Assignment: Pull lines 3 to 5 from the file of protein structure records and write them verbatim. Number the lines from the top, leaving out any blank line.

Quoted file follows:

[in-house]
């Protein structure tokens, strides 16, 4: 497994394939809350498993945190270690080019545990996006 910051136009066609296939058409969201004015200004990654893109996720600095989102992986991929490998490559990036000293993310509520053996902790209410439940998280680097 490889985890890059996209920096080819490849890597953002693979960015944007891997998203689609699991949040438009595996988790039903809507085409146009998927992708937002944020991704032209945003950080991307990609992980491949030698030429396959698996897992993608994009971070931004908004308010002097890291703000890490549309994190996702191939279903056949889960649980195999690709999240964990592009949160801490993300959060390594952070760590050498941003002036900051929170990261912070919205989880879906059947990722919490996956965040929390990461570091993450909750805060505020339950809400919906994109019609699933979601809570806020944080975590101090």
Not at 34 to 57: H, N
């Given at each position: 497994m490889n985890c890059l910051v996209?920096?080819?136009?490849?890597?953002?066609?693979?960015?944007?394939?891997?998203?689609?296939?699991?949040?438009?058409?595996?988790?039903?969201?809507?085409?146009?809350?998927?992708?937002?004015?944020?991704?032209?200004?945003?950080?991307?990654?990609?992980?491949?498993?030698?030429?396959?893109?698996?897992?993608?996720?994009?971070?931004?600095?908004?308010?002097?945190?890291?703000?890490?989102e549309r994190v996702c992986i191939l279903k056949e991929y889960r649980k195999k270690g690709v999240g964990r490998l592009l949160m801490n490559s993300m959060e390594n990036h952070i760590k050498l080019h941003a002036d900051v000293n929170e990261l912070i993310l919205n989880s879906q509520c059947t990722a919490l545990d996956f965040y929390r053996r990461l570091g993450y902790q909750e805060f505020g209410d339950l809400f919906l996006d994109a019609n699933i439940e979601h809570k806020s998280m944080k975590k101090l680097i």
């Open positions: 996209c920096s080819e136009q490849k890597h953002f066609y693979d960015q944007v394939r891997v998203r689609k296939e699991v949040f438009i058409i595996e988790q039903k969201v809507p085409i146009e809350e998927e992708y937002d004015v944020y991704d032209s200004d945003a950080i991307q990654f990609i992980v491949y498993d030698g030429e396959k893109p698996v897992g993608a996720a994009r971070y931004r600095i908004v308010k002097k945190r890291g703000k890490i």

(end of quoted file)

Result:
Not at 34 to 57: H, N
């Given at each position: 497994m490889n985890c890059l910051v996209?920096?080819?136009?490849?890597?953002?066609?693979?960015?944007?394939?891997?998203?689609?296939?699991?949040?438009?058409?595996?988790?039903?969201?809507?085409?146009?809350?998927?992708?937002?004015?944020?991704?032209?200004?945003?950080?991307?990654?990609?992980?491949?498993?030698?030429?396959?893109?698996?897992?993608?996720?994009?971070?931004?600095?908004?308010?002097?945190?890291?703000?890490?989102e549309r994190v996702c992986i191939l279903k056949e991929y889960r649980k195999k270690g690709v999240g964990r490998l592009l949160m801490n490559s993300m959060e390594n990036h952070i760590k050498l080019h941003a002036d900051v000293n929170e990261l912070i993310l919205n989880s879906q509520c059947t990722a919490l545990d996956f965040y929390r053996r990461l570091g993450y902790q909750e805060f505020g209410d339950l809400f919906l996006d994109a019609n699933i439940e979601h809570k806020s998280m944080k975590k101090l680097i």
């Open positions: 996209c920096s080819e136009q490849k890597h953002f066609y693979d960015q944007v394939r891997v998203r689609k296939e699991v949040f438009i058409i595996e988790q039903k969201v809507p085409i146009e809350e998927e992708y937002d004015v944020y991704d032209s200004d945003a950080i991307q990654f990609i992980v491949y498993d030698g030429e396959k893109p698996v897992g993608a996720a994009r971070y931004r600095i908004v308010k002097k945190r890291g703000k890490i």